(d) the person’s procurement or possession of any fraudulent travel or identity documents that the person obtained, or with which the person was supplied, for the purpose of entering the receiving country in connection with the act of trafficking in persons.
(2) Subsection (1) does not prevent the removal of a trafficked person in accordance with the Immigration Act.”
Policies for Assistance, General
“70 Exploitation of people not legally entitled to work
(1) Any employer who allows an unlawful employee to undertake employment in the employer’s service shall not take an action with the intention of preventing or hindering the employee from –
(a) leaving the Kingdom;
(b) ascertaining or seeking that person’s entitlement under the laws of the Kingdom; or
(c) disclosing to any person the circumstances of that person’s employment by the employer.
(2) Without limiting the generality of subsection (1), the following are examples of actions of the kind mentioned in that subsection –
(a) taking or retaining possession or control of a person’s passport, any other travel or identity document, or travel tickets;
(b) preventing or hindering a person from –
(i) having access to a telephone;
(ii) using a telephone;
(iii) using a telephone privately;
(iv) leaving premises;
(v) leaving premises unaccompanied; or
(c) preventing or hindering an authorised officer from entering or having access to any place or premises to which the person is entitled to have access under any law.
(3) Any person who commits an offence under this section shall be liable upon conviction to imprisonment not exceeding 10 years.
71 Consent of trafficked person
For sections 68 and 69 it is not a defence –
(a) that the trafficked person consented to the intended exploitation; or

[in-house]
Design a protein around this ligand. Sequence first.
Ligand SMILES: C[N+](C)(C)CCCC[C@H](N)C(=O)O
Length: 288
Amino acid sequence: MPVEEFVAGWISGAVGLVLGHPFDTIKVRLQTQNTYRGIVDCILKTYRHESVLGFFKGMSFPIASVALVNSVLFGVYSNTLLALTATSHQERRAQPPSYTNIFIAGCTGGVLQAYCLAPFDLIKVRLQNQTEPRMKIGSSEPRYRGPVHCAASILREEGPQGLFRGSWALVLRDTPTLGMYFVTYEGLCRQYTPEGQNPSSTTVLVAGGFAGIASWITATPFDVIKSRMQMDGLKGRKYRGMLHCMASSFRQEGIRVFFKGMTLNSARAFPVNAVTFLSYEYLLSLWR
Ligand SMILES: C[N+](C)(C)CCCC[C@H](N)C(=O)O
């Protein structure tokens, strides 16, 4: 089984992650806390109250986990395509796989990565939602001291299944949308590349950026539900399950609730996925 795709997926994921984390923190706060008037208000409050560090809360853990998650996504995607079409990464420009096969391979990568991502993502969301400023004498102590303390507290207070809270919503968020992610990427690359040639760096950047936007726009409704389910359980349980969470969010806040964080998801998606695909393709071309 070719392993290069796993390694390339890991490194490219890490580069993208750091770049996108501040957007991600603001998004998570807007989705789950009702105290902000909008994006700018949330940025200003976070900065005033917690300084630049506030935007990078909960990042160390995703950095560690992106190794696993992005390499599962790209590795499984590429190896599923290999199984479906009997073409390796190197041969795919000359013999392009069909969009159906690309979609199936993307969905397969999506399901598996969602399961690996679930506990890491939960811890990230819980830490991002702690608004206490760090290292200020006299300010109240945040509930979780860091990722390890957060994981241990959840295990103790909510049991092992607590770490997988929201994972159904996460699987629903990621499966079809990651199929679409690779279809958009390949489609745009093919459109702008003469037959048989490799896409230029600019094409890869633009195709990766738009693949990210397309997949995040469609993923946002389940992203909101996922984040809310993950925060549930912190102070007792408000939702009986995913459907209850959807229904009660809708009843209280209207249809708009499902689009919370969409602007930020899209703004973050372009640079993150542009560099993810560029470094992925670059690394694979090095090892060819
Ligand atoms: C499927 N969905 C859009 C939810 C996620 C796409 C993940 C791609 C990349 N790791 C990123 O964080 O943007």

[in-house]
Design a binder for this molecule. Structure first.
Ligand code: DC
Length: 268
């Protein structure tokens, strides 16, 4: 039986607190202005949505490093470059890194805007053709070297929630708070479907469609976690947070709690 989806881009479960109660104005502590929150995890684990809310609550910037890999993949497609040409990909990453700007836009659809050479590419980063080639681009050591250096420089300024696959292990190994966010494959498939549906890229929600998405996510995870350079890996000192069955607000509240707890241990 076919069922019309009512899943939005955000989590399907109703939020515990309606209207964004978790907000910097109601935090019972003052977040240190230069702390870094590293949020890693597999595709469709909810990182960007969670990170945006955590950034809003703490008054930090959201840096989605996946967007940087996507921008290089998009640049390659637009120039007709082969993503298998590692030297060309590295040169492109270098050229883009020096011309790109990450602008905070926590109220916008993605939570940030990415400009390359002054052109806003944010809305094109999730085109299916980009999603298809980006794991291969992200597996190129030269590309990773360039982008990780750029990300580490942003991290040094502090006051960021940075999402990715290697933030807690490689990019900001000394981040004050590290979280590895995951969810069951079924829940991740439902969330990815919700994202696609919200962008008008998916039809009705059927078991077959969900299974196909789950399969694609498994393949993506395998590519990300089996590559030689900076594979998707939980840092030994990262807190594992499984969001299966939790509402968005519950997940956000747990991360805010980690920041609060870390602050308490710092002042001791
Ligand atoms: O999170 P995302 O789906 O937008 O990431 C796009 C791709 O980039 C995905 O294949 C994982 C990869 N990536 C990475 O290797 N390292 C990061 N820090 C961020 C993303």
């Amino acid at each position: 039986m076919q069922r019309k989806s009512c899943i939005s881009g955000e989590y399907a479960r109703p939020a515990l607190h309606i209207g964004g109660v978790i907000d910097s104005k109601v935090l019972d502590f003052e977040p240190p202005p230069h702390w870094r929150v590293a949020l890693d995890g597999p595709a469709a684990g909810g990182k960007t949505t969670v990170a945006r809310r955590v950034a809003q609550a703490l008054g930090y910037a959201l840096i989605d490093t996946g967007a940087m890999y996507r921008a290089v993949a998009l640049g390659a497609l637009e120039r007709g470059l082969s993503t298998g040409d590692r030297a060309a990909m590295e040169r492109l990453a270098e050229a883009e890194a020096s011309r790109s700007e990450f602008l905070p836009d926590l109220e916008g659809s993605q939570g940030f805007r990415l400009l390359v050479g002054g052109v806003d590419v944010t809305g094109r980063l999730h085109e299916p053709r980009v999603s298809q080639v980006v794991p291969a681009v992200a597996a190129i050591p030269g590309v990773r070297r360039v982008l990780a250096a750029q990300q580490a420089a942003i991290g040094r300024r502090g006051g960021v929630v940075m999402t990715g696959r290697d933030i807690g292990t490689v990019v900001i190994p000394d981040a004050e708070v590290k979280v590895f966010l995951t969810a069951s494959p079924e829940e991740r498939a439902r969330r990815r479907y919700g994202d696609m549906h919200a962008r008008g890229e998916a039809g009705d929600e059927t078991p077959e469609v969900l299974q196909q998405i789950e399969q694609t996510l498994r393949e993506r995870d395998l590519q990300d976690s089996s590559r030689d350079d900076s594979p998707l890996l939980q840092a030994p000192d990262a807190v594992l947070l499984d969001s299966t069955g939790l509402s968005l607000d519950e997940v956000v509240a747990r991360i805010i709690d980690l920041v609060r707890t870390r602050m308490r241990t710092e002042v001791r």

(b) that the intended exploitation did not occur.”
Penalties, Human Trafficking
“68 Offence of trafficking in persons
(1) Any person who engages in trafficking in a person or is involved in the arranging of trafficking in a person, knowing that the person’s entry into the Kingdom or any other state is or was arranged by specified means commits an offence under this section.
(2) Any person who commits an offence under this section shall be liable upon conviction to imprisonment not exceeding 15 years.
69 Offence of trafficking in children
(1) Any person who intentionally engages in trafficking in a person who is a child or is involved in the arranging of trafficking in a person who is a child, regardless of whether the child’s entry into the Kingdom or any other state is or was arranged by specified means, commits an offence.
(2) Any person who commits an offence under this section shall be liable upon conviction to imprisonment not exceeding 20 years.”
“72 Fraudulent travel documents for people or child trafficking
(1) Any person who knowingly, in order to obtain a material benefit from people or child trafficking –
(a) produces a fraudulent travel or identity document; or
(b) procures, provides or possess a fraudulent travel or identity document,
commits an offence under this section.
(2) Any person who commits an offence under this section shall be liable upon conviction to imprisonment not exceeding 10 years.”
1.ii. Take steps to measure, monitor and share data on prevalence and response to all such forms of exploitation, as appropriate to national circumstances;
Programs and Agencies for Enforcement
Measures to address the drivers of vulnerability to exploitation can be key to effective prevention. A broad range of social protections are thought to reduce the likelihood that an individual will be at risk of exploitation, especially when coverage of those protections extends to the most vulnerable groups.
Social Protection Coverage: General (at Least One)
Social Protection (Source: ILO)
The seminal ILO paper on the economics of forced labour, Profits and Poverty, explains the hypothesis that social protection can mitigate the risks that arise when a household is vulnerable to sudden income shocks, helping to prevent labour exploitation. It also suggests that access to education and skills training can enhance the bargaining power of workers and prevent children in particular from becoming victims of forced labour. Measures to promote social inclusion and address discrimination against women and girls may also go a long way towards preventing forced labour.
If a country does not appear on a chart, this indicates that there is no recent data available for the particular social protection visualized.